Next week onwards, all constitution bench hearings in the Supreme Court will be live-streamed.
On Tuesday, a full court, which comprised all judges of the apex court, discussed the matter and decided on live-streaming proceedings. According to people familiar with the development, judges agreed that live-streaming could begin from September 27, with the broadcasting of constitutional cases on a regular basis.
Last week, senior advocate Indira Jaising wrote to the Chief Justice of India and other judges of the Supreme Court to begin live-streaming proceedings of matters of public and constitutional importance, and also to keep a permanent record of the arguments by counsel on all sides along with the proceedings of the court.
Jaising said a number of matters of national importance, which includes petitions challenging the EWS quota, hijab ban, Citizenship Amendment Act, are being heard by the apex court and urged it to allow live-streaming of cases as per the 2018 judgment, as a part of the fundamental right of every citizen to freedom of information and also the right of access to justice. "There is no substitute for first-hand knowledge, especially in the era of what has come to be known as 'fake news' and hence, there is an urgent need for real time information. Since the judgement was pronounced, I have made repeated requests to the Hon'ble court to commence live-streaming cases of national importance," said Jaising.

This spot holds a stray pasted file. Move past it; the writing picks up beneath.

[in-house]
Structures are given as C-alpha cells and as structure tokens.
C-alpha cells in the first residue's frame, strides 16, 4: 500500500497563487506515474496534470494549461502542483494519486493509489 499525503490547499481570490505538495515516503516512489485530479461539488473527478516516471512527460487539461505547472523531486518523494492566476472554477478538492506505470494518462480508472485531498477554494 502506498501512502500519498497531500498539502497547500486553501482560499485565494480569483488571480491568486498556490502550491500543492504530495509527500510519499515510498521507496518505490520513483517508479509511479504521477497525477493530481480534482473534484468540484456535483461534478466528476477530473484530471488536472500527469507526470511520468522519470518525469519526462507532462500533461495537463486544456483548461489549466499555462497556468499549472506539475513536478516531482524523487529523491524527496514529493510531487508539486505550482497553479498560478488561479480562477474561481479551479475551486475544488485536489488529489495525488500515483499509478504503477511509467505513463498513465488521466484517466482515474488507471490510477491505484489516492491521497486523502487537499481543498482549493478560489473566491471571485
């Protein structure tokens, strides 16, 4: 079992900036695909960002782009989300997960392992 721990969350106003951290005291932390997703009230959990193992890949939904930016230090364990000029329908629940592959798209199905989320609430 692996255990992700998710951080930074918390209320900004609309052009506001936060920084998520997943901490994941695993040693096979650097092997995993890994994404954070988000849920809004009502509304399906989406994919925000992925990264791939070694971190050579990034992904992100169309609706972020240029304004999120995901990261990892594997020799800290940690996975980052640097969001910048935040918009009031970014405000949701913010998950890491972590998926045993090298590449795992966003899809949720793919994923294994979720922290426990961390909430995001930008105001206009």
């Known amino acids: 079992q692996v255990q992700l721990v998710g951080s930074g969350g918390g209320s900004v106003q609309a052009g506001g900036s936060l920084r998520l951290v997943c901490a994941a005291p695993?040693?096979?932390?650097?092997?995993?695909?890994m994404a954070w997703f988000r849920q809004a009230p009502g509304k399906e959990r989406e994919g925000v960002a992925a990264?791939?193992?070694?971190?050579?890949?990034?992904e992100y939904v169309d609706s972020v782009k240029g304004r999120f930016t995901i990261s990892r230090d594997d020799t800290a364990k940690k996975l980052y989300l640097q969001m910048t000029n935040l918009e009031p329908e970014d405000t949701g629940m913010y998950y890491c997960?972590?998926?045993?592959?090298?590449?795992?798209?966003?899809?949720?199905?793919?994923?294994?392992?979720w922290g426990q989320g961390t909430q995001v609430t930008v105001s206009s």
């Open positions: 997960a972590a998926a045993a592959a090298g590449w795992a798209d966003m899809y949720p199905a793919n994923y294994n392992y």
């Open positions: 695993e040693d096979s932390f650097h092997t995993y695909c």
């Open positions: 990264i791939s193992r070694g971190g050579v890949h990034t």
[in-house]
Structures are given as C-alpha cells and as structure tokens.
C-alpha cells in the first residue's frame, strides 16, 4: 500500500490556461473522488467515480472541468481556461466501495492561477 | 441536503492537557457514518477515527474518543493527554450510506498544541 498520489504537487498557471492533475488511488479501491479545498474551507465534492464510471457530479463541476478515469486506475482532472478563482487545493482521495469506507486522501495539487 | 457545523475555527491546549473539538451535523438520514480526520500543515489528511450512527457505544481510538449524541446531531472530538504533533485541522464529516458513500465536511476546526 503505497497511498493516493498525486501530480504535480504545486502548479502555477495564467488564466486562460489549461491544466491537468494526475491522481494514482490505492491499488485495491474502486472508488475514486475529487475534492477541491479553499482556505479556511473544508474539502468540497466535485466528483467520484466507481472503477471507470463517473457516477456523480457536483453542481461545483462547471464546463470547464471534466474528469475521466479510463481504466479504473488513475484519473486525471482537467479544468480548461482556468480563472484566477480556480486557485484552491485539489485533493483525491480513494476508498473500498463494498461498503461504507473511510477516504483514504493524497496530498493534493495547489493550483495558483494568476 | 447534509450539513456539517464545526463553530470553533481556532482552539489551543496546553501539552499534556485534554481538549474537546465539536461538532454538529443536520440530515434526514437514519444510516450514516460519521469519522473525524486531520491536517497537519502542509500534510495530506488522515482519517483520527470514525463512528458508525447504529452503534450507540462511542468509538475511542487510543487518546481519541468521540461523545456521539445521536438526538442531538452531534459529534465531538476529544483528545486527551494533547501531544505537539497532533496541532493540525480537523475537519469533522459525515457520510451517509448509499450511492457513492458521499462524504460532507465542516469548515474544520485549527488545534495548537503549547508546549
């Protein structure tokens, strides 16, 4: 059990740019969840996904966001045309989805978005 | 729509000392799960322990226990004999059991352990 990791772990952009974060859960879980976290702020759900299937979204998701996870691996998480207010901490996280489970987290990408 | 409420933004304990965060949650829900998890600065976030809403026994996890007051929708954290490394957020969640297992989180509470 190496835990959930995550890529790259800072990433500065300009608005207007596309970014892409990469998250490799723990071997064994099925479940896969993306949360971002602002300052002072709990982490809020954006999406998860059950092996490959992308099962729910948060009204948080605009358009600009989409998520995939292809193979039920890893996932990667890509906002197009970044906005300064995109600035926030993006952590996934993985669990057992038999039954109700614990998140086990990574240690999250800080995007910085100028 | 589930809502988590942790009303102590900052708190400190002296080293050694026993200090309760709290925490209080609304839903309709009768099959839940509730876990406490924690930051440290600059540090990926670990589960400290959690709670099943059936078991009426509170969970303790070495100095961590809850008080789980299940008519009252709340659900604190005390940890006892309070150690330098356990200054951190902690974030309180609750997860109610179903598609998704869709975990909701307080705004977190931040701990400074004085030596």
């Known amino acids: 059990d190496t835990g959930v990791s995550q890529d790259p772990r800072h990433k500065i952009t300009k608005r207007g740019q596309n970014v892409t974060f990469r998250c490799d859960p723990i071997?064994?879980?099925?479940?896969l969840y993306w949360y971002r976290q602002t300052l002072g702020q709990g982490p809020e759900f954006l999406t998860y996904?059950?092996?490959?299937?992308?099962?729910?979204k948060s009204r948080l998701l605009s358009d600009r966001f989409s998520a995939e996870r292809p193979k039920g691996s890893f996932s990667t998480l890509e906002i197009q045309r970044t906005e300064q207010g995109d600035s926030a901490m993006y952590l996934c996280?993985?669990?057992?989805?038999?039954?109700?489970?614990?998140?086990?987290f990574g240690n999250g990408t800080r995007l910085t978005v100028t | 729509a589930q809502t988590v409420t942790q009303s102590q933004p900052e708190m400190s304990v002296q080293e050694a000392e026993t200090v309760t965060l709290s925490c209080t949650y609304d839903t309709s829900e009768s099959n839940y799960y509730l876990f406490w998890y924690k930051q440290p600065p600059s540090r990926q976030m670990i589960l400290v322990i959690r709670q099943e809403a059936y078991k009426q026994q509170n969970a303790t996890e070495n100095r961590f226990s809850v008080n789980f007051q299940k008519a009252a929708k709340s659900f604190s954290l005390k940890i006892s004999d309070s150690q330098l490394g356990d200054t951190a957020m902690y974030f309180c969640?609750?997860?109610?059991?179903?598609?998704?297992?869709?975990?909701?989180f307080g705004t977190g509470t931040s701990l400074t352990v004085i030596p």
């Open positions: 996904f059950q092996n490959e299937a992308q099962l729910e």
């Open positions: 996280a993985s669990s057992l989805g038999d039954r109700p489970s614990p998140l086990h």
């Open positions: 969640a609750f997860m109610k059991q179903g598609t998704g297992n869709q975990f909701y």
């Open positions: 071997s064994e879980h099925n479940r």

The cases likely to be live-streamed include petitions challenging the EWS quota law, the Centre's petition on enhanced compensation for victims of 1984 Bhopal gas tragedy, excommunication in the Dawoodi Bohra community, and the apex court's power to dissolve marriages on the ground of irretrievable breakdown.
Jaising had said the apex court should have its own channel and, in the meantime, the court can start streaming its proceedings on its own website, as well as on YouTube. She added there is adequate infrastructure and the ceremonial proceedings were live-streamed on the date of retirement of a former Chief Justice N.V. Ramana
Gujarat, Orissa, Karnataka, Jharkhand, Patna, and Madhya Pradesh High Courts live-stream their proceedings through their YouTube channels.